What are the Sustainable Development Goals or SDGs? What is their brief history?

The UN website describes the SDGs simply as the following: 

The Sustainable Development Goals are the blueprint to achieve a better and more sustainable future for all. They address the global challenges we face, including those related to poverty, inequality, climate change, environmental degradation, peace and justice. The 17 goals are all interconnected, and in order to leave no one behind, it is important that we achieve them all by 2030. 

These goals were ratified by all 193 members of the United Nations in 2015, after many years of consultation, discussion and negotiation. 

They are measured regularly and reported against across a variety of countries, agencies and governments. Without getting into detail, it would be fair to summarise that while there is a great deal of effort to achieve the goals by 2030, achievements to date have been mixed, funding has been withheld, despite being promised, and the ability to achieve all of these lofty and aspirational targets by 2030, remains challenging. It does not mean we have not progressed and should continue; it just means we need to be positive realists in what we can achieve in this time.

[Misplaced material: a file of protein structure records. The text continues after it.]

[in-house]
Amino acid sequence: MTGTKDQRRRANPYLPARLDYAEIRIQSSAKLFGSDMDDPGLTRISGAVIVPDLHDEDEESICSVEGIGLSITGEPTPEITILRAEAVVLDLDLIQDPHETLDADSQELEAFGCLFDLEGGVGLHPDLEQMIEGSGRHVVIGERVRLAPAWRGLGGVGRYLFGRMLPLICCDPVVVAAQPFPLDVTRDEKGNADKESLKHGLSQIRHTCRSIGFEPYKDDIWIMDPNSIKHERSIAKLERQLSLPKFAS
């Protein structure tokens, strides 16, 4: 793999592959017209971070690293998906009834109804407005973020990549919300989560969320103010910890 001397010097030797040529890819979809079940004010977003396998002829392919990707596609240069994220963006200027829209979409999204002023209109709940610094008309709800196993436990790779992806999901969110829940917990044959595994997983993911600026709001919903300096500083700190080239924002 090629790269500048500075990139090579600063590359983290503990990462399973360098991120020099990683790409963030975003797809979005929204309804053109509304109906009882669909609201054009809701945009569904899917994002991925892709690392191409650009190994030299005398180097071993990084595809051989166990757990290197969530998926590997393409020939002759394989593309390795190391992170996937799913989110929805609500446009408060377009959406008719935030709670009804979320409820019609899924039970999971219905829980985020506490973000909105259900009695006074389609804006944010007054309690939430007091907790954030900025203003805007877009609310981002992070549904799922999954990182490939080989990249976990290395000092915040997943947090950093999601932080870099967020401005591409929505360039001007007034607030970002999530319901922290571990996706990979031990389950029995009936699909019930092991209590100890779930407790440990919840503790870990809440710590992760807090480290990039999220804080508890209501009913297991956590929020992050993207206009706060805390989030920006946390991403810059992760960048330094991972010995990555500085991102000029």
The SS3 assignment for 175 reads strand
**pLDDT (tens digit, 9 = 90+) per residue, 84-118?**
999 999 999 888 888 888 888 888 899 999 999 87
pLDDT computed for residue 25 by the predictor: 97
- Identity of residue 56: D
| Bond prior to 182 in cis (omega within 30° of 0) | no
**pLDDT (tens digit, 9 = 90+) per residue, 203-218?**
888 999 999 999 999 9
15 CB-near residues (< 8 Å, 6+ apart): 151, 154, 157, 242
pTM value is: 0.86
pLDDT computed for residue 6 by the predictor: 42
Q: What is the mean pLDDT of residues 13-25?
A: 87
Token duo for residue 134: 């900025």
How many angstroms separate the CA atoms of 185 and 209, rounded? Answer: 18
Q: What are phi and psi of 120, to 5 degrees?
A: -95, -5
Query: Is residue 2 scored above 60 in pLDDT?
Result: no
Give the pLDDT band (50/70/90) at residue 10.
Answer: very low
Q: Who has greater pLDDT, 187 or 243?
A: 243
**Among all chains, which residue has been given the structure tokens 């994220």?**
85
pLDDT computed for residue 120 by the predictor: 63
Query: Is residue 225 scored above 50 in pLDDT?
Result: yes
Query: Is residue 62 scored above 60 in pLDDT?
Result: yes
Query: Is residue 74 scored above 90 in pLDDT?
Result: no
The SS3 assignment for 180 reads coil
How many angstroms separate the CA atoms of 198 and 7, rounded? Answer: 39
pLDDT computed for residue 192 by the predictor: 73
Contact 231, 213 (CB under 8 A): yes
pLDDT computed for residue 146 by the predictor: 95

What are the most pertinent and relevant goals for retailers and some good examples?

While all of the goals are worthy, it is important that as retailers, we focus on the ones where as an industry, with our vast interconnected supply chains, we can make a real difference. In researching this, I have made use of an excellent 2018 report from The Textile Exchange and KPMG entitled “Threading the needle – weaving the Sustainable Development Goals into the textile, retail and apparel industry”.